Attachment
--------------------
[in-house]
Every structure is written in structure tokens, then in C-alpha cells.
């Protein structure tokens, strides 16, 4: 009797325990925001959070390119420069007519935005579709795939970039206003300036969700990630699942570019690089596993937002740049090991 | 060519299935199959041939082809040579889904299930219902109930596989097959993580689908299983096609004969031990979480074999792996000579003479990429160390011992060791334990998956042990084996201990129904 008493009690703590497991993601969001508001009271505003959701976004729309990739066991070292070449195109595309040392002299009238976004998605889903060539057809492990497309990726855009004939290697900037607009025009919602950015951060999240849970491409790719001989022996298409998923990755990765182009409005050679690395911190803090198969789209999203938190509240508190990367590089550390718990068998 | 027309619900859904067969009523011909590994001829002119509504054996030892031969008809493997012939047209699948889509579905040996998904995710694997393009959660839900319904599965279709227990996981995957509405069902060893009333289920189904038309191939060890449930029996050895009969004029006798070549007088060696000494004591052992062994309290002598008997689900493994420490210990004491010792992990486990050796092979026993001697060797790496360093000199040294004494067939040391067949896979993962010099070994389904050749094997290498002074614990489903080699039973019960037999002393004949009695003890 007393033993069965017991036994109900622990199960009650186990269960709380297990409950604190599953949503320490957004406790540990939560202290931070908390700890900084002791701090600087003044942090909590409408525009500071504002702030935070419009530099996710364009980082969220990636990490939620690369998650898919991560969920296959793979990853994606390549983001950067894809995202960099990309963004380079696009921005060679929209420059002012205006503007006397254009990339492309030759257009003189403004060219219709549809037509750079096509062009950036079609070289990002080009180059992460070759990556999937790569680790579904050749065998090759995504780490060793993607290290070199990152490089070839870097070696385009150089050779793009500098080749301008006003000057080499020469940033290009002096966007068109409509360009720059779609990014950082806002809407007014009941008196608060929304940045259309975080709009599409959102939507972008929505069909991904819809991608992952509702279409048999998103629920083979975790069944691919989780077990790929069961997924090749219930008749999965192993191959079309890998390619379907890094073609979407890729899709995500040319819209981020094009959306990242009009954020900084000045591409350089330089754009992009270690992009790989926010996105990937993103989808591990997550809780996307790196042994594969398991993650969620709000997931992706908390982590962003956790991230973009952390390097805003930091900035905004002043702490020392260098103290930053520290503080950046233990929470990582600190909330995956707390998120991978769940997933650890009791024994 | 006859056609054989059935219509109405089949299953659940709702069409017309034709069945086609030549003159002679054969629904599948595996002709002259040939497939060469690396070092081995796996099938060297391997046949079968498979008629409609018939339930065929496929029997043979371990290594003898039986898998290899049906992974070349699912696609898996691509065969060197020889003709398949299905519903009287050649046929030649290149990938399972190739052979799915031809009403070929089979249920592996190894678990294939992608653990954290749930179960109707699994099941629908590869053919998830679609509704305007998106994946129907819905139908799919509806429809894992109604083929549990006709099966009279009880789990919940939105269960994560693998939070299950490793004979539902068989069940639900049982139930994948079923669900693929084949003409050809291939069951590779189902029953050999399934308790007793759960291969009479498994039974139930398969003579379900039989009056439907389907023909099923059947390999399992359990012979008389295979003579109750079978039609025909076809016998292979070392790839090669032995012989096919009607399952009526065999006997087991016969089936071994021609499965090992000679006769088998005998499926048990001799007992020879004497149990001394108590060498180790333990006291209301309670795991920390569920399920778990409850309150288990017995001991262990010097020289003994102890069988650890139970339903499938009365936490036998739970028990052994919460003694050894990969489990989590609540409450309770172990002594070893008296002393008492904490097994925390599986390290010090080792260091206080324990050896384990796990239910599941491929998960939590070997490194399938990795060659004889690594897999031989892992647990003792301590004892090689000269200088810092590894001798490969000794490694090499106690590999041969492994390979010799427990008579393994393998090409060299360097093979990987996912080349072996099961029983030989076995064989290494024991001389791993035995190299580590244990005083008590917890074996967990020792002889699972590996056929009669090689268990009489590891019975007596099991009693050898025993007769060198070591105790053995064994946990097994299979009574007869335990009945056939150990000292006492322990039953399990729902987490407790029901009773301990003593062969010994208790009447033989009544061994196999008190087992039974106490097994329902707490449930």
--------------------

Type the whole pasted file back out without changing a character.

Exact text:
[in-house]
Every structure is written in structure tokens, then in C-alpha cells.
């Protein structure tokens, strides 16, 4: 009797325990925001959070390119420069007519935005579709795939970039206003300036969700990630699942570019690089596993937002740049090991 | 060519299935199959041939082809040579889904299930219902109930596989097959993580689908299983096609004969031990979480074999792996000579003479990429160390011992060791334990998956042990084996201990129904 008493009690703590497991993601969001508001009271505003959701976004729309990739066991070292070449195109595309040392002299009238976004998605889903060539057809492990497309990726855009004939290697900037607009025009919602950015951060999240849970491409790719001989022996298409998923990755990765182009409005050679690395911190803090198969789209999203938190509240508190990367590089550390718990068998 | 027309619900859904067969009523011909590994001829002119509504054996030892031969008809493997012939047209699948889509579905040996998904995710694997393009959660839900319904599965279709227990996981995957509405069902060893009333289920189904038309191939060890449930029996050895009969004029006798070549007088060696000494004591052992062994309290002598008997689900493994420490210990004491010792992990486990050796092979026993001697060797790496360093000199040294004494067939040391067949896979993962010099070994389904050749094997290498002074614990489903080699039973019960037999002393004949009695003890 007393033993069965017991036994109900622990199960009650186990269960709380297990409950604190599953949503320490957004406790540990939560202290931070908390700890900084002791701090600087003044942090909590409408525009500071504002702030935070419009530099996710364009980082969220990636990490939620690369998650898919991560969920296959793979990853994606390549983001950067894809995202960099990309963004380079696009921005060679929209420059002012205006503007006397254009990339492309030759257009003189403004060219219709549809037509750079096509062009950036079609070289990002080009180059992460070759990556999937790569680790579904050749065998090759995504780490060793993607290290070199990152490089070839870097070696385009150089050779793009500098080749301008006003000057080499020469940033290009002096966007068109409509360009720059779609990014950082806002809407007014009941008196608060929304940045259309975080709009599409959102939507972008929505069909991904819809991608992952509702279409048999998103629920083979975790069944691919989780077990790929069961997924090749219930008749999965192993191959079309890998390619379907890094073609979407890729899709995500040319819209981020094009959306990242009009954020900084000045591409350089330089754009992009270690992009790989926010996105990937993103989808591990997550809780996307790196042994594969398991993650969620709000997931992706908390982590962003956790991230973009952390390097805003930091900035905004002043702490020392260098103290930053520290503080950046233990929470990582600190909330995956707390998120991978769940997933650890009791024994 | 006859056609054989059935219509109405089949299953659940709702069409017309034709069945086609030549003159002679054969629904599948595996002709002259040939497939060469690396070092081995796996099938060297391997046949079968498979008629409609018939339930065929496929029997043979371990290594003898039986898998290899049906992974070349699912696609898996691509065969060197020889003709398949299905519903009287050649046929030649290149990938399972190739052979799915031809009403070929089979249920592996190894678990294939992608653990954290749930179960109707699994099941629908590869053919998830679609509704305007998106994946129907819905139908799919509806429809894992109604083929549990006709099966009279009880789990919940939105269960994560693998939070299950490793004979539902068989069940639900049982139930994948079923669900693929084949003409050809291939069951590779189902029953050999399934308790007793759960291969009479498994039974139930398969003579379900039989009056439907389907023909099923059947390999399992359990012979008389295979003579109750079978039609025909076809016998292979070392790839090669032995012989096919009607399952009526065999006997087991016969089936071994021609499965090992000679006769088998005998499926048990001799007992020879004497149990001394108590060498180790333990006291209301309670795991920390569920399920778990409850309150288990017995001991262990010097020289003994102890069988650890139970339903499938009365936490036998739970028990052994919460003694050894990969489990989590609540409450309770172990002594070893008296002393008492904490097994925390599986390290010090080792260091206080324990050896384990796990239910599941491929998960939590070997490194399938990795060659004889690594897999031989892992647990003792301590004892090689000269200088810092590894001798490969000794490694090499106690590999041969492994390979010799427990008579393994393998090409060299360097093979990987996912080349072996099961029983030989076995064989290494024991001389791993035995190299580590244990005083008590917890074996967990020792002889699972590996056929009669090689268990009489590891019975007596099991009693050898025993007769060198070591105790053995064994946990097994299979009574007869335990009945056939150990000292006492322990039953399990729902987490407790029901009773301990003593062969010994208790009447033989009544061994196999008190087992039974106490097994329902707490449930």